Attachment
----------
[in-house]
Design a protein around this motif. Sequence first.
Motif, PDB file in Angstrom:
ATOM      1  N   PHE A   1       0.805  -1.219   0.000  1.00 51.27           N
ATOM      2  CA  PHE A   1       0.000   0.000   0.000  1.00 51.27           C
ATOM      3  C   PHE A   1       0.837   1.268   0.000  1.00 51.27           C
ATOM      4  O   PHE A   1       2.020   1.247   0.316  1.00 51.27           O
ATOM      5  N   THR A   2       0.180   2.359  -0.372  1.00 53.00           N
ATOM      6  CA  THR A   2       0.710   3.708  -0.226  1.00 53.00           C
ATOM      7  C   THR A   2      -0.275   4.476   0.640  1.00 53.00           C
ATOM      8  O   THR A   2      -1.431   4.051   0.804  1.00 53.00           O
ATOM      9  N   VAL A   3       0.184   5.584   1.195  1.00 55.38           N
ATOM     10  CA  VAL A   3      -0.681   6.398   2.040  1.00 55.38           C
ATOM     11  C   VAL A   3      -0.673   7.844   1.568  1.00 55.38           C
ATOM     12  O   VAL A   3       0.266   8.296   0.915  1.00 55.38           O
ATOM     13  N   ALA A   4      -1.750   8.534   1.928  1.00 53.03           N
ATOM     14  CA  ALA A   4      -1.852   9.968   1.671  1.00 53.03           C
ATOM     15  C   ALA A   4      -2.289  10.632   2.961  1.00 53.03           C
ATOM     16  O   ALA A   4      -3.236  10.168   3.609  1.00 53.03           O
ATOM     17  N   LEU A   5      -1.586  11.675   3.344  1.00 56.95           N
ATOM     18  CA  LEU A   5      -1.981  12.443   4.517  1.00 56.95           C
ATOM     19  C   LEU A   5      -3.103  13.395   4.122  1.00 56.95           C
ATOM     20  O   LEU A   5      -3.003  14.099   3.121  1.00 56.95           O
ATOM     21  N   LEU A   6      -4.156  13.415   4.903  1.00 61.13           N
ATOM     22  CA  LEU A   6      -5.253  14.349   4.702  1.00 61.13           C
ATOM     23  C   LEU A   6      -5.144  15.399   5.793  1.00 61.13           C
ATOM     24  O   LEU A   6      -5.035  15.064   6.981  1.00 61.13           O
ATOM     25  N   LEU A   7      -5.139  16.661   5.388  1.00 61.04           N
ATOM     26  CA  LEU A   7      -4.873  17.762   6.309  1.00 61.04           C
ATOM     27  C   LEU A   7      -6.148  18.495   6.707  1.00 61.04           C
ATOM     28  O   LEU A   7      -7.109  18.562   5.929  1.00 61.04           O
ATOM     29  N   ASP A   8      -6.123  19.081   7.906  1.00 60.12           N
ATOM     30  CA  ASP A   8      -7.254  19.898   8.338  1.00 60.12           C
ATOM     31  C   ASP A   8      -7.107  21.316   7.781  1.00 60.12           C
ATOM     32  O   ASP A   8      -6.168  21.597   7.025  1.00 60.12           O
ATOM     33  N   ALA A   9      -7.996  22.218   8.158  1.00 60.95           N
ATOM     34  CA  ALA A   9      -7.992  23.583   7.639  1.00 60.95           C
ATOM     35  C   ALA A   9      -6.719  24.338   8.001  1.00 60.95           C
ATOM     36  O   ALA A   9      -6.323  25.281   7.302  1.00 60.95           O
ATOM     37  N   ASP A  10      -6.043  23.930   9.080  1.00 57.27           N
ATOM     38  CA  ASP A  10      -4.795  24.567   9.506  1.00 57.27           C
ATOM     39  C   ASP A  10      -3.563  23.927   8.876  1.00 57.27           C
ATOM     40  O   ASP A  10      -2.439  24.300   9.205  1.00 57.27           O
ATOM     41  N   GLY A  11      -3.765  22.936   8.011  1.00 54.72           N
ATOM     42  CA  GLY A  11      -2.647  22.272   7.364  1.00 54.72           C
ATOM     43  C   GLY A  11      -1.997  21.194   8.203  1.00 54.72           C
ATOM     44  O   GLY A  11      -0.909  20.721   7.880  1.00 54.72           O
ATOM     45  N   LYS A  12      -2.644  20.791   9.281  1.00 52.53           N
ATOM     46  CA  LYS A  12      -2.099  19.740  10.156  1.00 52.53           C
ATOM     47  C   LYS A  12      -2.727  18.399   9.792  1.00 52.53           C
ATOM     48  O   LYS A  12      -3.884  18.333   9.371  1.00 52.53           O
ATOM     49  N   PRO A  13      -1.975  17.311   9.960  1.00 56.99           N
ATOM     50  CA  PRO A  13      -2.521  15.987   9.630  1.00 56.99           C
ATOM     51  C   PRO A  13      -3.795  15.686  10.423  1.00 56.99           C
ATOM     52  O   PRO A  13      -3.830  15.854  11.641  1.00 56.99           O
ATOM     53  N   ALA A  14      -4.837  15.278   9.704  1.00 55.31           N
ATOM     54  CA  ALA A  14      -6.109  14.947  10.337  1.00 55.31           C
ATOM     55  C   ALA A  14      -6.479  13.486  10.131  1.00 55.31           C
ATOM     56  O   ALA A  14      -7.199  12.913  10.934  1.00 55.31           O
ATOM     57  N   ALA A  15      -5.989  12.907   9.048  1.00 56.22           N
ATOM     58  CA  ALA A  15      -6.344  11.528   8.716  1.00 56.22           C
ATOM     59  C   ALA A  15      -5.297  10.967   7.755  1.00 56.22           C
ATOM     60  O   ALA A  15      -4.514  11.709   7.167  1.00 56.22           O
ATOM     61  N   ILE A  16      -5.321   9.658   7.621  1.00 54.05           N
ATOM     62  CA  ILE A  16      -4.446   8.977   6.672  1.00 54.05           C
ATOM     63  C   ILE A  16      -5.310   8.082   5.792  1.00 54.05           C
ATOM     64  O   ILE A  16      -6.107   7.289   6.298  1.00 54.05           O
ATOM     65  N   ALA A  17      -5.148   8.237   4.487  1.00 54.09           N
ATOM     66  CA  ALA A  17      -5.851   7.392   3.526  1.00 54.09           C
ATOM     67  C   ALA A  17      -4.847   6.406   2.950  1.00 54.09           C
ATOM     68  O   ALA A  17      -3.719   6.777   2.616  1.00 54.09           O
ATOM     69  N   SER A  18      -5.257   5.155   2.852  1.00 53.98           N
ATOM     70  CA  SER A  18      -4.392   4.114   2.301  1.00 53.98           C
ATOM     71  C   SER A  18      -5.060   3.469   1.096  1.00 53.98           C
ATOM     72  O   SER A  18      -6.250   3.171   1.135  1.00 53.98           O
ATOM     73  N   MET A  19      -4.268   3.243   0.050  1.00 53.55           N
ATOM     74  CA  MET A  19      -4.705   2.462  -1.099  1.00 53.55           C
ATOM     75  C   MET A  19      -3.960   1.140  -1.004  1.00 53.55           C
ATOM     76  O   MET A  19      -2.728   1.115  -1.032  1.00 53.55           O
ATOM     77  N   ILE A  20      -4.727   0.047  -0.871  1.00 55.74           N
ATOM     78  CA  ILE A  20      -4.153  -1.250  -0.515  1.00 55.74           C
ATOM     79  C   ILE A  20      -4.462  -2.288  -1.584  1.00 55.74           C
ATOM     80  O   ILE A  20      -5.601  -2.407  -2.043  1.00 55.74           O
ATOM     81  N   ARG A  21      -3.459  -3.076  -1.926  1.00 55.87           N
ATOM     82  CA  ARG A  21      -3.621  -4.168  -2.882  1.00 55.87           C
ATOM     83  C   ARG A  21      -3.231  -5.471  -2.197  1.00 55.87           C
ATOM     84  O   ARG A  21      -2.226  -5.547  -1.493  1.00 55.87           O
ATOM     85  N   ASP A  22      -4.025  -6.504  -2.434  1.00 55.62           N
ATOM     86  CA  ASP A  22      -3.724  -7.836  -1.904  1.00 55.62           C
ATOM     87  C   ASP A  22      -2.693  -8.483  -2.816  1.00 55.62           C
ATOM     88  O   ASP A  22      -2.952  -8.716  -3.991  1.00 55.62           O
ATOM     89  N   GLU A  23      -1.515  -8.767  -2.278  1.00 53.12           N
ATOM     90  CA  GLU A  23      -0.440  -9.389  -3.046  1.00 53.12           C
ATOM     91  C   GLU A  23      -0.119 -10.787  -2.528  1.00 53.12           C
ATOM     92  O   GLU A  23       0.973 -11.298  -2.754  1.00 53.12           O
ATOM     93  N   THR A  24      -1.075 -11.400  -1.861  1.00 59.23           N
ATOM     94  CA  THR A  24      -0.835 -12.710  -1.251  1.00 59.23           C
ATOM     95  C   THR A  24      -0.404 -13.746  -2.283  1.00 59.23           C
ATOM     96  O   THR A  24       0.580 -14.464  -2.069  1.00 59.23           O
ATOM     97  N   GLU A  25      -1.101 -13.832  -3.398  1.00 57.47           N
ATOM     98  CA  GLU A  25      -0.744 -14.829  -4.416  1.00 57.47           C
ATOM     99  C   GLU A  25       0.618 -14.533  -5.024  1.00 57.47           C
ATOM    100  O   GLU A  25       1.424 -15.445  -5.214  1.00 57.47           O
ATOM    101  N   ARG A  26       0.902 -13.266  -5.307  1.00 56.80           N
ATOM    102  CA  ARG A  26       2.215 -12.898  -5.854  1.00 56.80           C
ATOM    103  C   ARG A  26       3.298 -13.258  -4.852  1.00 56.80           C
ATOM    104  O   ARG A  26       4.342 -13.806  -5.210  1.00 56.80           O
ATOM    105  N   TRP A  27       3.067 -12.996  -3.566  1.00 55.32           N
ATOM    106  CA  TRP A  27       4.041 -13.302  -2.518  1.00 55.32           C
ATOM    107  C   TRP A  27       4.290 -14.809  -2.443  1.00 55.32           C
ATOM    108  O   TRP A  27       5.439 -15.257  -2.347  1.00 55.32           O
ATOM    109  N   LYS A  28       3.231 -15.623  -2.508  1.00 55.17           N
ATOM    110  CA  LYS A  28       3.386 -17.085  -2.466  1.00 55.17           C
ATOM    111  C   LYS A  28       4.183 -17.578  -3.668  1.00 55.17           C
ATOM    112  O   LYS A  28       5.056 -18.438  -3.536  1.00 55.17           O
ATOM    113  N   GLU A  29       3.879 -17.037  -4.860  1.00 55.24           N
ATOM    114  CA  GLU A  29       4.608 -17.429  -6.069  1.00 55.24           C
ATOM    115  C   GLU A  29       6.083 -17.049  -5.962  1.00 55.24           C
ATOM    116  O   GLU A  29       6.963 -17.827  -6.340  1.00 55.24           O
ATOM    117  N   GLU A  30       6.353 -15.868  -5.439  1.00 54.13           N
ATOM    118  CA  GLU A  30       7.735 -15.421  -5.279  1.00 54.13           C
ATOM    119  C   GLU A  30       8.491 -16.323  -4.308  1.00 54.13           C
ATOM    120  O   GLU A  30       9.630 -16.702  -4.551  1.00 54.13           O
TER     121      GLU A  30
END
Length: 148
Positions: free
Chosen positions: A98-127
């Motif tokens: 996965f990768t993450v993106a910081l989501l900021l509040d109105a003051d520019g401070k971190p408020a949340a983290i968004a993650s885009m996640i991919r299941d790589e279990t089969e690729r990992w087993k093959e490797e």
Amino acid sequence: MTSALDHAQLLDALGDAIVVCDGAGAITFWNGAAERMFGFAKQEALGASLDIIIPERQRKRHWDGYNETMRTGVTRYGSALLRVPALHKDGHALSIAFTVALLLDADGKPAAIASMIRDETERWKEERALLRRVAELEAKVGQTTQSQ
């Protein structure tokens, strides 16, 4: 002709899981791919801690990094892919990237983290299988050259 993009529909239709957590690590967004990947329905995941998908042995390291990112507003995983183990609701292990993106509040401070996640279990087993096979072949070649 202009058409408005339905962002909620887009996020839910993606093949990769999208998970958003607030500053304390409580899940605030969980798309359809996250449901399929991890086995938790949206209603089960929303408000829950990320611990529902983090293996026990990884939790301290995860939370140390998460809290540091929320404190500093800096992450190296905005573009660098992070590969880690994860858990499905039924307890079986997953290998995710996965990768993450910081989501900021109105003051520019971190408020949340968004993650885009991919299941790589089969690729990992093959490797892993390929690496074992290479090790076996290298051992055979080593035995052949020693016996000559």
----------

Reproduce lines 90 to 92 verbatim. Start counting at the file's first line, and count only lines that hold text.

ATOM     87  C   ASP A  22      -2.693  -8.483  -2.816  1.00 55.62           C
ATOM     88  O   ASP A  22      -2.952  -8.716  -3.991  1.00 55.62           O
ATOM     89  N   GLU A  23      -1.515  -8.767  -2.278  1.00 53.12           N